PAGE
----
Waco Independent School District’s new police dog, Dalton, took a stroll around West Avenue Elementary School with alert eyes, perky ears and a shiny police badge on the center of his chest.

His four paws are getting used to his first month in Waco ISD schools.

“He is a very good dog,” Waco ISD police Officer Larry Martinez said. “He is very alert and we are still getting to know campus, but it’s going well.”

Dalton, a 3-year-old Dutch shepherd, joined the district’s police department this month after the department retired its last dog, Gero, in June. Dalton was born in Sint-Oedenrode, Netherlands, where he started his training at Police Dogs Centre Holland and learned commands in Dutch.

Partnered with Martinez as his handler, Dalton started hitting school facilities this month after training in Louisiana.

WISD police dog

Officer Larry Martinez is introducing Dalton, Waco ISD’s new police dog born and initially trained in the Netherlands, to the district’s facilities.

“He came from the Netherlands, where he was trained strictly on narcotics detection, and then a company from Louisiana bought him. They transferred him to Louisiana and he went through further training,” Martinez said. “I went down there and spent four weeks training with him in Louisiana before he came up to Waco about a month ago.”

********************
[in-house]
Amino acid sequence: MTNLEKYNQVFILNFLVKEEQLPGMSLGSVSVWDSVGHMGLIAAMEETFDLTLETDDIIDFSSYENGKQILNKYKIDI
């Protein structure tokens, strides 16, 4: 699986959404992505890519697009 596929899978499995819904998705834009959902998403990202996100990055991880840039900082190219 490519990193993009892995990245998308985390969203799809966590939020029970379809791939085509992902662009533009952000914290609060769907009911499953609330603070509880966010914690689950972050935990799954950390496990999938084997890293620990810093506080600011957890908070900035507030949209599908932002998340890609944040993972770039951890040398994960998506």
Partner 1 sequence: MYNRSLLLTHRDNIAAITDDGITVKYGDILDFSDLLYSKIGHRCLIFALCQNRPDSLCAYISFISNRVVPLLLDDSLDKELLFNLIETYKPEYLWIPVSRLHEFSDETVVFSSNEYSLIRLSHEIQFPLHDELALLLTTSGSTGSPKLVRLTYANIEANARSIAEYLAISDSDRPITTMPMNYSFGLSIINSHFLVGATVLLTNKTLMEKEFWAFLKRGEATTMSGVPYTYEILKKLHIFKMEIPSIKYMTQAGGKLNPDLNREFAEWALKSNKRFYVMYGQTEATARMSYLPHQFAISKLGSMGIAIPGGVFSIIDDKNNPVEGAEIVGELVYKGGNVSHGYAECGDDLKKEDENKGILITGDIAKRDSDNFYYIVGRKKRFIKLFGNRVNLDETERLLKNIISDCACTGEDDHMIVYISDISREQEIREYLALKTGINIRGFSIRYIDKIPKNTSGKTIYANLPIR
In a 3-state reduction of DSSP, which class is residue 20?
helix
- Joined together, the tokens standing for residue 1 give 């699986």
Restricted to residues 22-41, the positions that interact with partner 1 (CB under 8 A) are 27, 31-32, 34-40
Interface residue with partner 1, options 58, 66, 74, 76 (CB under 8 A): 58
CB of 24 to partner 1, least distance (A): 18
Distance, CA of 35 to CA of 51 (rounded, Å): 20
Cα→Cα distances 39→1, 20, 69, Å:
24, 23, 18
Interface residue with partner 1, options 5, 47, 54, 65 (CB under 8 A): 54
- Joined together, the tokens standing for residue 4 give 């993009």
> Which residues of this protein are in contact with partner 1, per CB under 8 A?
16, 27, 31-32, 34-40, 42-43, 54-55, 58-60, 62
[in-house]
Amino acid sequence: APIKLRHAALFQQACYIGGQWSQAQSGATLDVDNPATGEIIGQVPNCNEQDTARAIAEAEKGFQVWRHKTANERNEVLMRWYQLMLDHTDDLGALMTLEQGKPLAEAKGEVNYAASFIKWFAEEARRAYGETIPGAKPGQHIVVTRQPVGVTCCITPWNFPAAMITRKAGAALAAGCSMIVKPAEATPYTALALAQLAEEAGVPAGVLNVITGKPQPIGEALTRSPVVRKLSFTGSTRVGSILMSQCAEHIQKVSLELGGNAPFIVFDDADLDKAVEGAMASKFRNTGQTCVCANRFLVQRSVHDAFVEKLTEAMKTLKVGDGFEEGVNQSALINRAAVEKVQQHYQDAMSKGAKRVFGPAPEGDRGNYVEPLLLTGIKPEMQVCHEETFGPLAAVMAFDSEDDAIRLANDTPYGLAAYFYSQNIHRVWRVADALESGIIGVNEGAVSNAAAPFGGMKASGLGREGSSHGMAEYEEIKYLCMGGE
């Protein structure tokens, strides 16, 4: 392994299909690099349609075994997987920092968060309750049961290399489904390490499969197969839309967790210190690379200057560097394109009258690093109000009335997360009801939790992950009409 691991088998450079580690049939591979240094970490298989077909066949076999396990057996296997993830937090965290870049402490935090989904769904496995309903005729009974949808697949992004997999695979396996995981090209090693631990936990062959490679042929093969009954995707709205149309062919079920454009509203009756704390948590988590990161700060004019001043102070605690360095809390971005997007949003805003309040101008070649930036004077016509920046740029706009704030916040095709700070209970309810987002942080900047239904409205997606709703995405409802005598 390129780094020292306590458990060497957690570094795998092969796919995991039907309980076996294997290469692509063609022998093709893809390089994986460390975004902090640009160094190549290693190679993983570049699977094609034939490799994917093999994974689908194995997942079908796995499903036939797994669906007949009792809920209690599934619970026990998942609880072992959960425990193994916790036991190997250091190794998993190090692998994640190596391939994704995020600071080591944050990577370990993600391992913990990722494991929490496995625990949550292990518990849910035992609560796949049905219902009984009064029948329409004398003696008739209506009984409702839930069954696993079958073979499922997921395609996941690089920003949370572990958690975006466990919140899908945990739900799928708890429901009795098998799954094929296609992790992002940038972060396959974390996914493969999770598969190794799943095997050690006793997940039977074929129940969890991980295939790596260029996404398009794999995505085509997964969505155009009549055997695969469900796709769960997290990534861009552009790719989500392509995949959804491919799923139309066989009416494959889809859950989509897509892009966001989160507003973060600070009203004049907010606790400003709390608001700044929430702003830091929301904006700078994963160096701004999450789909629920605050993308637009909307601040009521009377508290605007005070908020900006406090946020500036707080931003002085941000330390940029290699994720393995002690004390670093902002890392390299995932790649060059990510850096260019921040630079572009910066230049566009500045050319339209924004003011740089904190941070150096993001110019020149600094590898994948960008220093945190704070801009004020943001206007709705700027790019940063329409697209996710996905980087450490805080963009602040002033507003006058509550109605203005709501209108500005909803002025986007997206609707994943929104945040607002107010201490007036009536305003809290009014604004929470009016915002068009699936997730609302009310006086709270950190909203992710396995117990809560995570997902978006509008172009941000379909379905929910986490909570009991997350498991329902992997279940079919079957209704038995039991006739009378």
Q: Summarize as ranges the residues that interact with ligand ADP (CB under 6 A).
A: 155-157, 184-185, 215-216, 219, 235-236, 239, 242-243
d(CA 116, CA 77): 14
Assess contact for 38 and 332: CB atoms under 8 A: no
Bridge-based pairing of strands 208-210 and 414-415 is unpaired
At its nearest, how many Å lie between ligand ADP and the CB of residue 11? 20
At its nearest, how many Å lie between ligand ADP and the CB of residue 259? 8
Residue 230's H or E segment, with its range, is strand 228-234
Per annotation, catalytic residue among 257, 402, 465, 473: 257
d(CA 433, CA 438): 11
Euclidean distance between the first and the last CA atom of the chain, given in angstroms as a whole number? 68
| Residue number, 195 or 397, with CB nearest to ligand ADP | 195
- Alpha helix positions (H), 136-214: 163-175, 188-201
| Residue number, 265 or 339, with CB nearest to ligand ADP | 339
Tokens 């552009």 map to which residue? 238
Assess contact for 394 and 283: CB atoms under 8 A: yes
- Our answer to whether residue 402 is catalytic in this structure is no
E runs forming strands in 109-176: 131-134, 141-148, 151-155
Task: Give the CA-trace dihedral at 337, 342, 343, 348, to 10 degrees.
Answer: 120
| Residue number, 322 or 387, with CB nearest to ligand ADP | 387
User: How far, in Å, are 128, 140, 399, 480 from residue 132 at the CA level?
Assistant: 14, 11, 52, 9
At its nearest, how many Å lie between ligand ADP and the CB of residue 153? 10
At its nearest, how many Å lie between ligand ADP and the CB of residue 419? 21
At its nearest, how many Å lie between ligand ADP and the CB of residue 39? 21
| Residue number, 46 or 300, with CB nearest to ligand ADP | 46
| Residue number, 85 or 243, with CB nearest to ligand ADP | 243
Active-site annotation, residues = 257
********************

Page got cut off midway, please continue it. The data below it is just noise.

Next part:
Acting as the newest police dog handler, Martinez said Dalton has made a smooth transition to Waco. Waco ISD Police Chief David Williams said Dalton and Martinez will split their time between all 25 school campuses for drug detection, crime deterrence and work in the community.

WISD police dog

Waco Independent School District police Officer Larry Martinez walks with the district’s new police dog, Dalton, outside West Avenue Elementary School last week. Dalton and Martinez are making the rounds to Waco schools to familiarize Dalton with the facilities.

“He is not only a deterrent, but he will detect if anything is on these campuses and get things away to provide the safety and security for children so they can get a better education,” Williams said. “If you feel safe, you’ll learn, and if our teachers feel safe, they will teach without any kind of distractions in our schools.”

Waco ISD partnered with K9s4Cops, a Houston-based nonprofit that helps law enforcement agencies buy dogs and fund training. The nonprofit also helped the district buy its last dog, Williams said.

In the next few weeks, Dalton and Martinez will make their way to every school for introductions between calls for service.

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Kristin Hoppa has been covering public safety and breaking news for the Tribune-Herald since January 2016. She worked in Northwest Missouri covering crime-related issues before her move to Central Texas. She is a University of Kansas graduate.

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